High school students are drinking and driving less because of educational programs.
From 1991 to 2011, the number of high school teenagers aged 16 and older who drink and drive decreased by 54 percent, according to a study released recently by the Centers for Disease Control and Prevention.
The CDC analyzed data from the national Youth Risk Behavior Survey, which asked high school students if they drove a vehicle after drinking alcohol one or more times during the 30 days before the survey.
Jill Leslie, affiliate executive director for Mothers Against Drunk Driving Northeast Florida, said the numbers are declining because of media campaigns and educational programs such as Power of Parents and Power of You(th).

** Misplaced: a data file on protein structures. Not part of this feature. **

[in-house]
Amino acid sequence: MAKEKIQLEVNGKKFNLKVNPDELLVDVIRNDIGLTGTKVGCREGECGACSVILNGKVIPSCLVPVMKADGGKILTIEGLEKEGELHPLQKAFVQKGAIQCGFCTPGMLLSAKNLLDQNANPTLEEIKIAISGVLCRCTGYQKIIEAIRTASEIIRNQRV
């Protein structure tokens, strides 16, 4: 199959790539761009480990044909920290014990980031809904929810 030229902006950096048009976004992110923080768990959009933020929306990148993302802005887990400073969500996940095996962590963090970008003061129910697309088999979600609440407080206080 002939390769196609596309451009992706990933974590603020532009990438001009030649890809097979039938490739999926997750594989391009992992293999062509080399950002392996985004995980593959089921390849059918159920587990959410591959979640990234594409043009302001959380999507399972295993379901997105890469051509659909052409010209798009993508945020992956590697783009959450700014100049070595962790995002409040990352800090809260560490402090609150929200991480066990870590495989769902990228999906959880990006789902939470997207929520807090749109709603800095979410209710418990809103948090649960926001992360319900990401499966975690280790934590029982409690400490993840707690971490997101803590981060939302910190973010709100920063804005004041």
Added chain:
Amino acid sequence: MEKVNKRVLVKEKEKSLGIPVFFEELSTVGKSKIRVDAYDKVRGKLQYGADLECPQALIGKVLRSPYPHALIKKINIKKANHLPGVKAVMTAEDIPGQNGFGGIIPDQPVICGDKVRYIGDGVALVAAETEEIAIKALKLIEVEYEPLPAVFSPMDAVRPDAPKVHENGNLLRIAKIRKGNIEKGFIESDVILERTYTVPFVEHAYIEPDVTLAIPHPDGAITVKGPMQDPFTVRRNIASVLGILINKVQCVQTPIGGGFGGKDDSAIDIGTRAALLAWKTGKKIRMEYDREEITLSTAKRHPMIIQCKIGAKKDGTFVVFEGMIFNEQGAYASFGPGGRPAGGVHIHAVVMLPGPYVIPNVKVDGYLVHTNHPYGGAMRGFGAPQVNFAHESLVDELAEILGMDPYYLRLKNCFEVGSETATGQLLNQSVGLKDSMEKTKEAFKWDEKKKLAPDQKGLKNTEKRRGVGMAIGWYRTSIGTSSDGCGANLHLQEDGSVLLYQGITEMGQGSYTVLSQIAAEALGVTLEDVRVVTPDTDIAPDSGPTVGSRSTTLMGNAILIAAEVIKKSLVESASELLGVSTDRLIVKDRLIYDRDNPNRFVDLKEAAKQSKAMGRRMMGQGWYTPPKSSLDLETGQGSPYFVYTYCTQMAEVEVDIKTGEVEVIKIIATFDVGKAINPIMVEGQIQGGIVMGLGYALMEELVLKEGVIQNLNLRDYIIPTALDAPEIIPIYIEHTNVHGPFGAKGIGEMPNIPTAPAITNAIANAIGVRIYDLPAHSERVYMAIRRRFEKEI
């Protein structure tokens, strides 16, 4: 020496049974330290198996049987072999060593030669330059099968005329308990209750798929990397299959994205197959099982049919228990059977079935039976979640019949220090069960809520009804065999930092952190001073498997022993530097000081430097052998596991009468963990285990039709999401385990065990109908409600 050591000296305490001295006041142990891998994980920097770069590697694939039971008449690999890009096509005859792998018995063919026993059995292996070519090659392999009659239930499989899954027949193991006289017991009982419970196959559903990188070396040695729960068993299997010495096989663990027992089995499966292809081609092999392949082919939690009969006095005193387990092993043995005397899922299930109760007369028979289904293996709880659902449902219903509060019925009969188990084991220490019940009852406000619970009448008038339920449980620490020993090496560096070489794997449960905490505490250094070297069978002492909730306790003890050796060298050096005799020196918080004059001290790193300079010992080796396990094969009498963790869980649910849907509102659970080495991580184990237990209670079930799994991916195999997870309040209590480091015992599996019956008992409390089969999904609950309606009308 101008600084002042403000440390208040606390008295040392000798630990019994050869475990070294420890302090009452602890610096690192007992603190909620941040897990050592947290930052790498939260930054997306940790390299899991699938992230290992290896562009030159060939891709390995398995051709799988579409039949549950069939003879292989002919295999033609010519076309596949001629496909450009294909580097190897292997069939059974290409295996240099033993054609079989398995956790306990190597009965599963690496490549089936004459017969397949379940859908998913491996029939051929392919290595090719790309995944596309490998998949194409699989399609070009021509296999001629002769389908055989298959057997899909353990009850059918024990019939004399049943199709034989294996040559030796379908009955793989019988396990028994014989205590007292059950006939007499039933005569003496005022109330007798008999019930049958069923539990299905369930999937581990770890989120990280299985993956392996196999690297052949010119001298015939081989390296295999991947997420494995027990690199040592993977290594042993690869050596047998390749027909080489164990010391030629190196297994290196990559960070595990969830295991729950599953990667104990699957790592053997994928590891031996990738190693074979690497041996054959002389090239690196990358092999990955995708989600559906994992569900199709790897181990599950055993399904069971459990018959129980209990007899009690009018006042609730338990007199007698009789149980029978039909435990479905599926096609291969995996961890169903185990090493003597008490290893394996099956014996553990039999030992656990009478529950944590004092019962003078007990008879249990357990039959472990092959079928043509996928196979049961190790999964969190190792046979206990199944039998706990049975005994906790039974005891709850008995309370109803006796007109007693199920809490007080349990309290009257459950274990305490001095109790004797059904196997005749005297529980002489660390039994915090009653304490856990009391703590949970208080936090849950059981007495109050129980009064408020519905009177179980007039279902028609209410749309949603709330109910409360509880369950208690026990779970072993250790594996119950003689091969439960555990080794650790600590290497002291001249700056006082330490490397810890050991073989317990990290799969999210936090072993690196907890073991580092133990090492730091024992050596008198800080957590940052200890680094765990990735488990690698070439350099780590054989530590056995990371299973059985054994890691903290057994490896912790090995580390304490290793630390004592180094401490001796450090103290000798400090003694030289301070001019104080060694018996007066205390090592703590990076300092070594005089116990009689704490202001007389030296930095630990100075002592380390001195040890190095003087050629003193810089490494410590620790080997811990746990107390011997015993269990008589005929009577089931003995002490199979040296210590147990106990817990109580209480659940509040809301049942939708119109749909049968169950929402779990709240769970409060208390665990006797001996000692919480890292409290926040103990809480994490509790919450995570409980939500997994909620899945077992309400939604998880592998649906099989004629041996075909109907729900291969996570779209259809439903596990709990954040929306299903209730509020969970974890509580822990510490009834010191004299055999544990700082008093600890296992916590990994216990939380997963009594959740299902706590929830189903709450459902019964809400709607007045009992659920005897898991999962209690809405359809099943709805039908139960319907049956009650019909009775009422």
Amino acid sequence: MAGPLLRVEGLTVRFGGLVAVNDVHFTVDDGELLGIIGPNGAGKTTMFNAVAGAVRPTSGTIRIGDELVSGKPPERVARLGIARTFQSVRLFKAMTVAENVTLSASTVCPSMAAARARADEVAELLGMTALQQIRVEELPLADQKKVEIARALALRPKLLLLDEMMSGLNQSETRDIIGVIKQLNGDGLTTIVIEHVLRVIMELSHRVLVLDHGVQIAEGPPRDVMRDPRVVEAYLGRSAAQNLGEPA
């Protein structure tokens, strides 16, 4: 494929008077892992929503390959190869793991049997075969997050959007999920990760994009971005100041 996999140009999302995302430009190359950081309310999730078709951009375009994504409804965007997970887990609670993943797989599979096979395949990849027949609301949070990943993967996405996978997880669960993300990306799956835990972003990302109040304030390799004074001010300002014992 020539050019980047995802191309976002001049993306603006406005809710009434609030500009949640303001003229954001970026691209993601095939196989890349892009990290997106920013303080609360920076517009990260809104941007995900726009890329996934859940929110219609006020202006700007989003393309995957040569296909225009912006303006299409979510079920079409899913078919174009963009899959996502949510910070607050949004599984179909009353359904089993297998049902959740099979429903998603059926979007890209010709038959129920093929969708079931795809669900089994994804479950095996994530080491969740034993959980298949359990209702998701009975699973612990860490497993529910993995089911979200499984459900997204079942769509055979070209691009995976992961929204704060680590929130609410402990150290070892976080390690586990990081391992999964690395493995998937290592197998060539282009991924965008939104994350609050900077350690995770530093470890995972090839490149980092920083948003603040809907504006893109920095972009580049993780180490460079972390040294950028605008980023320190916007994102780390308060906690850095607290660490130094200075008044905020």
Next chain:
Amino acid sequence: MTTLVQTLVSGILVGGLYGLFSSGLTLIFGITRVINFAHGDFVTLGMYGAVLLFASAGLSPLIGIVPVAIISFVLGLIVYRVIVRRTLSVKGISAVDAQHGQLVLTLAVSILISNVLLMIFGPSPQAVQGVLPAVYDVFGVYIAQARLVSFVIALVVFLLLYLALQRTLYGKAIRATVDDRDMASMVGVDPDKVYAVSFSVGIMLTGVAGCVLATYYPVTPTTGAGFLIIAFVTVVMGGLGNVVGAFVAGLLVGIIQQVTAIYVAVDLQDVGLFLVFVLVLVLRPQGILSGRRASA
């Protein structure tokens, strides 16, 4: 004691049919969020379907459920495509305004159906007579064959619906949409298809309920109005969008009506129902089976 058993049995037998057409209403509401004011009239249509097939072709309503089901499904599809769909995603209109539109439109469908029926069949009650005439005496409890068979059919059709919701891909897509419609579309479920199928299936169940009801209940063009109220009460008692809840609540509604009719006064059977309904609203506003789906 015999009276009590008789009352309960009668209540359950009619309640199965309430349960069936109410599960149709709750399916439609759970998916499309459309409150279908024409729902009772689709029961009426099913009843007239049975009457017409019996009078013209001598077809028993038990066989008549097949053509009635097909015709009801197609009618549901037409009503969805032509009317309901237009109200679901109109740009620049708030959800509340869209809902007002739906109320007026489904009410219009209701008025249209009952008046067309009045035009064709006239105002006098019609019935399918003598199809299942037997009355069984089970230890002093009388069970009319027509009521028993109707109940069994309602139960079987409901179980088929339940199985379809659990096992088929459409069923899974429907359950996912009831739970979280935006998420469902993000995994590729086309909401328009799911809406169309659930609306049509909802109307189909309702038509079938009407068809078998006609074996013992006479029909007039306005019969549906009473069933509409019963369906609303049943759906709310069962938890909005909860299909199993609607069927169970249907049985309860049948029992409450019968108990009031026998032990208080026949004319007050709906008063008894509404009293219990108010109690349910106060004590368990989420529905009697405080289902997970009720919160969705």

Danielle Branciforte, state coordinator for Florida Students Against Destructive Decisions, said parents are still the No. 1 influence on decisions teens make.
Parents should set an example for their children and help them understand why it’s illegal for them to drink under 21, she said.
Although there has been a significant decrease, the study shows there are about one million teens who continue to drink and drive.
“The power resides in the hands of each teen,” she said, “and I have faith in them that they’ll make the right decisions.”